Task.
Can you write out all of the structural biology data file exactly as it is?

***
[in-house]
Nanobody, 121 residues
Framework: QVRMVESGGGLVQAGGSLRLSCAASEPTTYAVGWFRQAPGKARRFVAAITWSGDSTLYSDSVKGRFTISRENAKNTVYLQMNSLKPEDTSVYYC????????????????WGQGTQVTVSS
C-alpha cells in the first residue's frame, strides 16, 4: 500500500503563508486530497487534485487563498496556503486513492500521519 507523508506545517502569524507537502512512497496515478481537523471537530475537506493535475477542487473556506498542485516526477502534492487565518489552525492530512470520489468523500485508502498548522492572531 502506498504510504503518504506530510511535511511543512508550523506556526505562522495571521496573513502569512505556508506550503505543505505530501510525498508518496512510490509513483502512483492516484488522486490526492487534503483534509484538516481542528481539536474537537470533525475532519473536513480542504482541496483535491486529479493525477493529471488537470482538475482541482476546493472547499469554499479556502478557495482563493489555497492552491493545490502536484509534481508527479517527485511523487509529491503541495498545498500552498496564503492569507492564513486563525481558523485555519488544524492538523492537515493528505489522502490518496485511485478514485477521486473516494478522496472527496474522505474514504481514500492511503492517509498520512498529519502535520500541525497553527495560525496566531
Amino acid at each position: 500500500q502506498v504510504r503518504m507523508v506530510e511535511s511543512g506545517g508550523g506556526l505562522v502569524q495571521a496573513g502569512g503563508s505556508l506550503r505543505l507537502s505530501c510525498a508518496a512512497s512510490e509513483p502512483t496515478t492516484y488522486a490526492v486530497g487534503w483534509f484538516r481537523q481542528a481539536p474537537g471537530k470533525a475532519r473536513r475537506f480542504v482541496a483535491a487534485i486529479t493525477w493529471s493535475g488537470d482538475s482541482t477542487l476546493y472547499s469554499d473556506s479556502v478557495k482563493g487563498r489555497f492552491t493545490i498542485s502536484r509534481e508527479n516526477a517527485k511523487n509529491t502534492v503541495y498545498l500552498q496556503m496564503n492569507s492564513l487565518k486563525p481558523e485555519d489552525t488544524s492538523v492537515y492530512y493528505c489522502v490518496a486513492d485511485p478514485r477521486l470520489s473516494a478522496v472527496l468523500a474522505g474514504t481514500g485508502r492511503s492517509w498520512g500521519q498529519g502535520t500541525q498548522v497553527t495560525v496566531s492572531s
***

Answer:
[in-house]
Nanobody, 121 residues
Framework: QVRMVESGGGLVQAGGSLRLSCAASEPTTYAVGWFRQAPGKARRFVAAITWSGDSTLYSDSVKGRFTISRENAKNTVYLQMNSLKPEDTSVYYC????????????????WGQGTQVTVSS
C-alpha cells in the first residue's frame, strides 16, 4: 500500500503563508486530497487534485487563498496556503486513492500521519 507523508506545517502569524507537502512512497496515478481537523471537530475537506493535475477542487473556506498542485516526477502534492487565518489552525492530512470520489468523500485508502498548522492572531 502506498504510504503518504506530510511535511511543512508550523506556526505562522495571521496573513502569512505556508506550503505543505505530501510525498508518496512510490509513483502512483492516484488522486490526492487534503483534509484538516481542528481539536474537537470533525475532519473536513480542504482541496483535491486529479493525477493529471488537470482538475482541482476546493472547499469554499479556502478557495482563493489555497492552491493545490502536484509534481508527479517527485511523487509529491503541495498545498500552498496564503492569507492564513486563525481558523485555519488544524492538523492537515493528505489522502490518496485511485478514485477521486473516494478522496472527496474522505474514504481514500492511503492517509498520512498529519502535520500541525497553527495560525496566531
Amino acid at each position: 500500500q502506498v504510504r503518504m507523508v506530510e511535511s511543512g506545517g508550523g506556526l505562522v502569524q495571521a496573513g502569512g503563508s505556508l506550503r505543505l507537502s505530501c510525498a508518496a512512497s512510490e509513483p502512483t496515478t492516484y488522486a490526492v486530497g487534503w483534509f484538516r481537523q481542528a481539536p474537537g471537530k470533525a475532519r473536513r475537506f480542504v482541496a483535491a487534485i486529479t493525477w493529471s493535475g488537470d482538475s482541482t477542487l476546493y472547499s469554499d473556506s479556502v478557495k482563493g487563498r489555497f492552491t493545490i498542485s502536484r509534481e508527479n516526477a517527485k511523487n509529491t502534492v503541495y498545498l500552498q496556503m496564503n492569507s492564513l487565518k486563525p481558523e485555519d489552525t488544524s492538523v492537515y492530512y493528505c489522502v490518496a486513492d485511485p478514485r477521486l470520489s473516494a478522496v472527496l468523500a474522505g474514504t481514500g485508502r492511503s492517509w498520512g500521519q498529519g502535520t500541525q498548522v497553527t495560525v496566531s492572531s